Click on the link above to read up on the Case Foundation’s takeaways from hosting an all-virtual conference.
If you are looking for a way to talk about the pros & cons of holding a conference entirely online, then tune in to next week’s #MillennialChat.
RVSP here on Case Foundation’s Facebook page to get more information on what will be chatted about. Tuesday from 3:30pm – 4:30pm EST! Just follow the #millennialchat hashtag and jump in. A Q&A with @socialcitizen will allow for any questions about the virtual convening to be answered!
Yesterday’s chat was lively as usual! It was good because we revisited a subject that we tackled in our very first Millennial Chat ever. In that chat, however, it was mainly about how to get millennials to donate.
Millennials have a tough time giving back or sharing their money because most of us are in entry-level positions (this is why we DON’T get paid the big bucks), starting our careers (this is why we don’t have much time), or just haven’t thought about it a great deal (because we are still young).
However, it is in the millennial generation’s nature to help out especially when our friends make an ask to help out their organization. And, the tendency millennials have, to be connected to everyone, means we get that many more personal asks through all avenues of our life.
So it was good to talk it out yesterday, bounce ideas off of each other and figure out – What IS the best way to give back within budget?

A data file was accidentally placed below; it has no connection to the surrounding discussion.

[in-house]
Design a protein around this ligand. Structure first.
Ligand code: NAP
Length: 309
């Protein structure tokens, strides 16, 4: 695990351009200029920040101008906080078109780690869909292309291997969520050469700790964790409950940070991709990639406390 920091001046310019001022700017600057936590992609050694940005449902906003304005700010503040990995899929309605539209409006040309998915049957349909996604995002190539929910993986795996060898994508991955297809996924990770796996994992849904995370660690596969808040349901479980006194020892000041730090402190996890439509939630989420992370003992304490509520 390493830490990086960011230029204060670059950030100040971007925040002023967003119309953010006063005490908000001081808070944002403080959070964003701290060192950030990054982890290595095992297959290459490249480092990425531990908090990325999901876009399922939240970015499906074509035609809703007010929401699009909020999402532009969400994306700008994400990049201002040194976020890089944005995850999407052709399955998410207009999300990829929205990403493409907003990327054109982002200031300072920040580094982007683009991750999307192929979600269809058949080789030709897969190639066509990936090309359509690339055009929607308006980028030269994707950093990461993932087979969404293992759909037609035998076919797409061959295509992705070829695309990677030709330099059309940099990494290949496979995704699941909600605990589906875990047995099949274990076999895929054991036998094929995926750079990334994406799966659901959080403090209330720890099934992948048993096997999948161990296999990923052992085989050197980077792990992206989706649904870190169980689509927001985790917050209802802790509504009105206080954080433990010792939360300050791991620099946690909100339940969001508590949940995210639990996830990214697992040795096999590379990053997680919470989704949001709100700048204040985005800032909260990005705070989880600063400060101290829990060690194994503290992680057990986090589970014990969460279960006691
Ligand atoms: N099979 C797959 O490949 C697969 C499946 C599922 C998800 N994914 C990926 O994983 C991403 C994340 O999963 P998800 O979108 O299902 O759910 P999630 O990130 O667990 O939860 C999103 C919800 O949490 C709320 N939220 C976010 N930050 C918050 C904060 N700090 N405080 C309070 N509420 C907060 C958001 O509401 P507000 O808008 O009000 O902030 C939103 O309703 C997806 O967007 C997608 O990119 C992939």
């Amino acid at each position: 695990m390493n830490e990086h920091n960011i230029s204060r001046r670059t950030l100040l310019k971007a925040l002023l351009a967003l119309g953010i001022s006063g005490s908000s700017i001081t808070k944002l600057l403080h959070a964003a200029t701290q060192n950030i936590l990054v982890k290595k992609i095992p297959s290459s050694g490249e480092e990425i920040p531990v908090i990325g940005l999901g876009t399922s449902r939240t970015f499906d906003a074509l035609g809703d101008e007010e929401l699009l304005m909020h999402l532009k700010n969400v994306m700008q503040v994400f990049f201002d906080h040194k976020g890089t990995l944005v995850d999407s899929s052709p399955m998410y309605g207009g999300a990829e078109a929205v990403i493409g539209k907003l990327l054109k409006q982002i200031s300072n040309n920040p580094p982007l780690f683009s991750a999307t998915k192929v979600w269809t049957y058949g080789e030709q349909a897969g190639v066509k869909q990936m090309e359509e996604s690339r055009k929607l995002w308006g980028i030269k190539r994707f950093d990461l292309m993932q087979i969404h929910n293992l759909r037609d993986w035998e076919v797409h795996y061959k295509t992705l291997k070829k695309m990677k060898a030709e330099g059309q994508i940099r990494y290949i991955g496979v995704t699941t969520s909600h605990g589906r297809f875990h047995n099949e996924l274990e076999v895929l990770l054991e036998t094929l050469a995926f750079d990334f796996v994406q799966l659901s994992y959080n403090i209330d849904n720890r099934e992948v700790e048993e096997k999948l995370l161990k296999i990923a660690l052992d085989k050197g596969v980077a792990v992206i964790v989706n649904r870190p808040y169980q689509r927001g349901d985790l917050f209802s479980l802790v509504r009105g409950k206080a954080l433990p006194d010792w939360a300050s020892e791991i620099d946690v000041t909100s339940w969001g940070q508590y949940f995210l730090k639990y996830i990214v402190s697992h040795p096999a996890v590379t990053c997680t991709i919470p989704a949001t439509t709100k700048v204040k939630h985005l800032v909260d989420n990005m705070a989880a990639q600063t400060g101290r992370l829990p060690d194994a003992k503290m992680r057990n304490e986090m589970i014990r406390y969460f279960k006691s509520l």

Here are 4 takeaways from yesterday’s chat:
- What we lack in time and money we make up for in willingness to be involved. If we had more time to spare, the resounding consensus was that it would be spent being involved with the organization that received our donation, volunteering, or just being out in the community to get a pulse on what organizations really make a difference.
- Looking for an online tool to HELP you gain time and resources? Check these out: Sparked, Catchafire, Taproot Foundation, Whole Foods, Runa, Numi Organic, Ben & Jerry’s, WORN, TOMS, and Warby Parker.
- If you are a millennial and you AREN’T volunteering or trying to be on an organization’s board, just check out some of the benefits: Networking, giving back, resume-building, making friends, “I never would have gotten my current job w/o my volunteer internships”, “I acquire and refine great leadership skills by volunteering (intangible but invaluable)”
- To help manage your time & money, try some of these tips – give to organizations who also allow you to volunteer, budget a monthly amount to give but donate on the fly, research the organization’s financials, and just find what works for you!
Don’t feel rushed, budget some time & money, and decide for yourself. Take those personal asks and do your own research! If you want to see all the details of yesterday’s chat, check the transcript here:
Also, HUGE NEWS was announced at the end of yesterday’s chat! Next week our chat goes back to its roots! Our chat theme is -
What are the pros & cons of holding a virtual conference compared to in-person?
We are teaming up with @socialcitizen and @CaseFoundation to chat about their findings about the Millennial Donor Summit. The Millennial Donor Summit is what sparked the idea for @MillennialChat. We are very excited for next Tuesday’s chat about virtual conferences and also the opportunity for a Q&A with both Social Citizen and The Case Foundation!